Eurobricks Knights
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About Appie

  • Birthday 12/16/1982

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    <p> Technic 42070 </p>

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    My Lego room ;)


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    The Netherlands
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  1. Thank you, I'm glad you liked seeing it in real life and also thanks for the chat
  2. Appie

    Limited Technic Reviews

    In today's world? Yes. The reviews that come first, get the views.
  3. Appie

    Limited Technic Reviews

    Sorry, that part of my comment was actually meant more in general to some replies in this topic, not you.
  4. Appie

    Limited Technic Reviews

    I took this fact into consideration when I made my comment, you even mention it yourself a few times after the apology I quoted from your reviews. Other reviewers that also had to deal with this fact, still had their reviews out faster. While the reviews are solid, sets with a MSRP of €450, €230 or whatever price add up for a company like Lego if the review is launched 2-8 weeks after the release of a set, it's simply part of a marketing budget. Eurobricks might not even be the only site to have lost review sets. Stuff adds up fast then. As for complaining about them maybe taking a business approach, we all know what happened when they pretty much operated as a charity in the late 90's and early 00's. Stuff like micro motors being sold in sets under the value of what it cost to make them. I don't think anybody here wants to go back to those nearly bankrupt days. Sariel and a few other reviewers don't shy away from harsh comments either. For example, I think alot of reviewers were expecting to never recieve review sets again from Lego after pretty much bashing the Porsche 42056 (and rightfully so). They still get sets to review to this day from Lego.
  5. Appie

    Limited Technic Reviews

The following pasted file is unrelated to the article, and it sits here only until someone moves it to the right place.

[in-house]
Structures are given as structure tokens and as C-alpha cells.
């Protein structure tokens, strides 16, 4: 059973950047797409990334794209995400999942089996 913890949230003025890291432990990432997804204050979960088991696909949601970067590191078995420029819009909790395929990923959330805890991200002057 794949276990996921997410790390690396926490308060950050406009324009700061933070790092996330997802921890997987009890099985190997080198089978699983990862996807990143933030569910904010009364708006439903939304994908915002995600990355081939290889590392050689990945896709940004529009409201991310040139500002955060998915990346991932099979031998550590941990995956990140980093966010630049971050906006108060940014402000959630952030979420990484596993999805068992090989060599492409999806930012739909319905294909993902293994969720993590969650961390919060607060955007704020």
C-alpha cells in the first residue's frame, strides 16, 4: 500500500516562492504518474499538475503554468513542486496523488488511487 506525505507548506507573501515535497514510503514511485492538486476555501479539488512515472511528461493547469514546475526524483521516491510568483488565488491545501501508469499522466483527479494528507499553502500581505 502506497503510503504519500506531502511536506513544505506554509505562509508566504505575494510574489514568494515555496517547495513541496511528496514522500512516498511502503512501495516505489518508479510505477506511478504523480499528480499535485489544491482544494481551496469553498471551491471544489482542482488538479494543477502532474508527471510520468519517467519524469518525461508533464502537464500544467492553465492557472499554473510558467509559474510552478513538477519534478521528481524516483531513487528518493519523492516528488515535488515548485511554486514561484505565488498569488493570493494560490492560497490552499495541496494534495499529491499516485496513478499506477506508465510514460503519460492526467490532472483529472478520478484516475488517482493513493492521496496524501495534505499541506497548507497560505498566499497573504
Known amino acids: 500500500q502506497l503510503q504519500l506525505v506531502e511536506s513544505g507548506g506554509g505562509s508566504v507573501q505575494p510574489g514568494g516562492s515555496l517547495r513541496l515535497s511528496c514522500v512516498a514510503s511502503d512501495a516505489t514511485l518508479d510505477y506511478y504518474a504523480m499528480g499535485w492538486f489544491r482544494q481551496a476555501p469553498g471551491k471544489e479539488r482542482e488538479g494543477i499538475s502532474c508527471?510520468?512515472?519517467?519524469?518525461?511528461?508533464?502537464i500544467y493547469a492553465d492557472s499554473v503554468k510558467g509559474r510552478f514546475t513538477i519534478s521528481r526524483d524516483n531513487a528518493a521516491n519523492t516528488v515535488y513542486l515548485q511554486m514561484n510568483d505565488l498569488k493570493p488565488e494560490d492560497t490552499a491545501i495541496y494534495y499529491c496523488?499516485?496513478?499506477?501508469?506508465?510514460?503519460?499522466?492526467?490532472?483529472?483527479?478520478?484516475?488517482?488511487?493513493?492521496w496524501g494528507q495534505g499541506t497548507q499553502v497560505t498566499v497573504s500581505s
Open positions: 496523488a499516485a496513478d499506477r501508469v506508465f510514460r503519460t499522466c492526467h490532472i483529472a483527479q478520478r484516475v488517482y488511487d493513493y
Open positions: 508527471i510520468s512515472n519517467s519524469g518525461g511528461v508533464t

While Catalinanmb could have been a bit more civil, he does raise a valid point and not just for one review. I remember 1 or 2 years ago where Jim outsourced some of the sets he recieved from Lego for review to others, because he didn't have time. And while you can counter alot of the linked reviews except one from Catalinanmb, the linked reviews all show a pattern in the first sentence: Let me be clear, I really like Jim's reviews and he is very thorough with great photo's, but in my experience his reviews always came after the reviews of other people's like Sariel. And sure, Sariel's style of reviews is different, but he does all of them, does them well and does them fast at or before release. And Jim has valid reasons to need 1-2 weeks and also personal life is more important, but it could be that it is one of the reasons why Lego isn't sending sets atm. They are a business after all: if the same provided set can create more buzz at release elsewhere, they will send it elsewhere.
  6. The advice I read from experienced supercar builders is to start at the gearbox (if you want to add that to the model anyway) and work your way from there. Meanwhile, to keep the MOC in scale (and figure out where to place the gearbox for example) use Sariel's scale tool: Personally I can't work outside-in (body first then internals), but working from the inside out while having a general idea where the bodywork will go is much easier for me.